NewEgg is as pigheaded as the day is long about reviews. The problem with NewEgg's review system is that there's no way to change your mind. Once you submit a review, they keep it forever, and there's no editing or deleting. So if you, say, give a product a five-star review, and later discover undesirable aspects about the product that was reviewed, too bad. Your recommendation will be there forever, misleading customers. To compound the problem, NewEgg discards negative reviews, while retaining positive ones in order to sucker their customers into buying substandard merchandise. So once you write a positive review on NewEgg, you will be a supporter of that product until Doom's Day, whether you like it or not. As far as NewEgg is concerned, your writing is the sole property of NewEgg, Inc., forever and ever. That is why I no longer write reviews on NewEgg, and I'm not at all sure I'm ever going to buy something from 'RottenEgg' again. I'm certainly going to do a great deal of comparison shopping before I settle upon the least desirable 'RottenEgg', and I will be willing to pay five or ten dollars more to get the same product from a different vendor, because for me, the trust is not there with 'RottenEgg'.Post a Comment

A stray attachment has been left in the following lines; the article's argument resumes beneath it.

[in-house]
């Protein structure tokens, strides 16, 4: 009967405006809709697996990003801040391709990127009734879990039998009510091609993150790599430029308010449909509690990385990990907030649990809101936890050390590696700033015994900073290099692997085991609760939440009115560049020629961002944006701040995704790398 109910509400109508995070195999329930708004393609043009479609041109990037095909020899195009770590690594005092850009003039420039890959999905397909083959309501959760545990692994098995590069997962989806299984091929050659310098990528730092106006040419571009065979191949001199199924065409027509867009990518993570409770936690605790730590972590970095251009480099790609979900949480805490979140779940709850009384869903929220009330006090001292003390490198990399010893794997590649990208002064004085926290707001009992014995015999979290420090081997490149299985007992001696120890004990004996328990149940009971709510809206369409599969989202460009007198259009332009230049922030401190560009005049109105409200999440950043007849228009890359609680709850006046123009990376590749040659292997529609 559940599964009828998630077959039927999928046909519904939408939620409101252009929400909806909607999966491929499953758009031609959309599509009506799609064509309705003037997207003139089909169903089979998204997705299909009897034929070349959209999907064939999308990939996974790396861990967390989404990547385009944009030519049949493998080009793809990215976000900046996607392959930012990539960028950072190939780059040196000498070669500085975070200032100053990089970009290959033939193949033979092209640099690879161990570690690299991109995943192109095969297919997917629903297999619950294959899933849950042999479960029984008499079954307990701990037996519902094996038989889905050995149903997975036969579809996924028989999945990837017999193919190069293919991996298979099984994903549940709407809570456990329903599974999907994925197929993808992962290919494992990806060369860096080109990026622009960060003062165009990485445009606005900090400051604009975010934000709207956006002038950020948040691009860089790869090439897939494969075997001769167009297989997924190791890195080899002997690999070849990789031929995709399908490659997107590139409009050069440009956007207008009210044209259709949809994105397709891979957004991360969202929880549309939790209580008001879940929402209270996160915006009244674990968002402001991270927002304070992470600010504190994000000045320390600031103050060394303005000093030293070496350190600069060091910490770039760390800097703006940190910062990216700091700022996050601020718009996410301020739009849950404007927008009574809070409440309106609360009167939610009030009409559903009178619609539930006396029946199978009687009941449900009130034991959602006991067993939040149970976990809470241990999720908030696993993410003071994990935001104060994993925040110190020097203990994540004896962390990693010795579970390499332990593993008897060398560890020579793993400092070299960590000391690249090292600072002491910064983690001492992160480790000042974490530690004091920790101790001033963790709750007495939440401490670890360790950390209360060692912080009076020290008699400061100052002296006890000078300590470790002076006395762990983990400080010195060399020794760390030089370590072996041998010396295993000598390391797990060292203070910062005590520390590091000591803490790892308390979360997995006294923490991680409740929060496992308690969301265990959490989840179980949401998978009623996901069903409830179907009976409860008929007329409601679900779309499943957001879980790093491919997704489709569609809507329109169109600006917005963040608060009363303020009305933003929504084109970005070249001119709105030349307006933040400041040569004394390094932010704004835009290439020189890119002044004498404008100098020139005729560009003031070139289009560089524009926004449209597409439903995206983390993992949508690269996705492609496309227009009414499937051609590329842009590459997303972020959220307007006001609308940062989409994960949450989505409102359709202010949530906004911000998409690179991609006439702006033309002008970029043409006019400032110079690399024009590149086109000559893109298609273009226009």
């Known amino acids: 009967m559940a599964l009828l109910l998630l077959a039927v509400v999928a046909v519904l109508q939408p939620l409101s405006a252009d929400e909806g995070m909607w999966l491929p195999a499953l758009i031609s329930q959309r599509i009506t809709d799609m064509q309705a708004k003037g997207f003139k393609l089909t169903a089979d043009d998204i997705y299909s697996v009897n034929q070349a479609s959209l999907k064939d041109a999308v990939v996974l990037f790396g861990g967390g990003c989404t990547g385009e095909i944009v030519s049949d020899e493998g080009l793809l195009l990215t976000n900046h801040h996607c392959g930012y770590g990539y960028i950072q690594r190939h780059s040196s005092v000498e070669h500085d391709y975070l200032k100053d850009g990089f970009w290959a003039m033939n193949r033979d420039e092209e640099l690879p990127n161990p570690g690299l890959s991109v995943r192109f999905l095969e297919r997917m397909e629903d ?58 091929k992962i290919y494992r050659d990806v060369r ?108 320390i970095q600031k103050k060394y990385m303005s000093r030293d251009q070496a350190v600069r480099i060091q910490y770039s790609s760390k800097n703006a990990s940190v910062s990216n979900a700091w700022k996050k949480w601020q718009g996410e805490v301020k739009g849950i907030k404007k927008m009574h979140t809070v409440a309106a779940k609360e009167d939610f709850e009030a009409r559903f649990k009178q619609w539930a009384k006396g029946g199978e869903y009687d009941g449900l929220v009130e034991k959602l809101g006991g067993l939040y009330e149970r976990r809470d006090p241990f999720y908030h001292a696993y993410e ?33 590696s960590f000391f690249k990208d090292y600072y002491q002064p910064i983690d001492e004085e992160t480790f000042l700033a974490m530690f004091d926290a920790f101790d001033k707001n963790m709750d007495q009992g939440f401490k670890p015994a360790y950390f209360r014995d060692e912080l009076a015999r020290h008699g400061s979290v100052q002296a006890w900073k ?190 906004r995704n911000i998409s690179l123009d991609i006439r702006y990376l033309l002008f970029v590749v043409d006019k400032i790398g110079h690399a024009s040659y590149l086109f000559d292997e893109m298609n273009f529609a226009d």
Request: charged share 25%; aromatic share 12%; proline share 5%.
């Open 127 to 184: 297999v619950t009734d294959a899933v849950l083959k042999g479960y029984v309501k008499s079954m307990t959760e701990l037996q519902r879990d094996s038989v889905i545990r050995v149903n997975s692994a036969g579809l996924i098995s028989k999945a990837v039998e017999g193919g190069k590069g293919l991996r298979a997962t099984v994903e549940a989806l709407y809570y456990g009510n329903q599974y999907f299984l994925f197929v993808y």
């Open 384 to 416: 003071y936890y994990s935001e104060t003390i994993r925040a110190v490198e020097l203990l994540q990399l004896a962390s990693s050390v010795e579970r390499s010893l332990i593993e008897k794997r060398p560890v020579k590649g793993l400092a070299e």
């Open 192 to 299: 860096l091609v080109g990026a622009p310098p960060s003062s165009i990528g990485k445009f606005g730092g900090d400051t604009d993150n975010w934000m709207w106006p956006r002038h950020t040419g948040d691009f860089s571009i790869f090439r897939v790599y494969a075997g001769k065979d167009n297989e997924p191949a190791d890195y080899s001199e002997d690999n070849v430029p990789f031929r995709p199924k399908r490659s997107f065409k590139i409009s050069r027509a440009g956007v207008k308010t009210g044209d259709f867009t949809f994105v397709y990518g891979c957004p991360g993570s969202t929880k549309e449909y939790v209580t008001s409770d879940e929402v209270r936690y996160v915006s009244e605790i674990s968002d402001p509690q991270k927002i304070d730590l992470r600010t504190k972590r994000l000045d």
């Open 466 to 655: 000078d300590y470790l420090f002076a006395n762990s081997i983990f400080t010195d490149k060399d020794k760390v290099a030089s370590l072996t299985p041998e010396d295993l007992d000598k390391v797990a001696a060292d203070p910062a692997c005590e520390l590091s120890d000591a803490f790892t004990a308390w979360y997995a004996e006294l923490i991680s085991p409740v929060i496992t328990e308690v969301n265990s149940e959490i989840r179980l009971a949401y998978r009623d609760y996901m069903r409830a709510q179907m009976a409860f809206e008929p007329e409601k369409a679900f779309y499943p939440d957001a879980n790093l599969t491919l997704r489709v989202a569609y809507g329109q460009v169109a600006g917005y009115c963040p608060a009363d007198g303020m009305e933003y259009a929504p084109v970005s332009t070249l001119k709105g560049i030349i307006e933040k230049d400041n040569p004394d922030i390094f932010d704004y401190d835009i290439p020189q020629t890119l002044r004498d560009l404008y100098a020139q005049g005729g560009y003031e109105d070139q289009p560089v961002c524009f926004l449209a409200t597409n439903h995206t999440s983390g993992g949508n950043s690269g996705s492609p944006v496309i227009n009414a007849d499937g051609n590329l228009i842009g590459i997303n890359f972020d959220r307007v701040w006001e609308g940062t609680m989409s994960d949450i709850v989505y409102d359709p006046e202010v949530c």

by igor 04:20 4 replies by igor 09:32 0 comments

Thursday, February 14, 2013

Lie, Cheat, Steal: The ECS Way

If you are considering buying an ECS motherboard or any product manufactured by ECS, think again. Their rebates are lies, all lies. If you mail in your rebate, they will discard it and keep your money. That is the ECS way--lie, cheat, and steal from the customer.Post a Comment
by igor 04:20 4 replies by igor 09:32 0 comments

Wednesday, February 13, 2013

Another Hothead Goes Down in Flames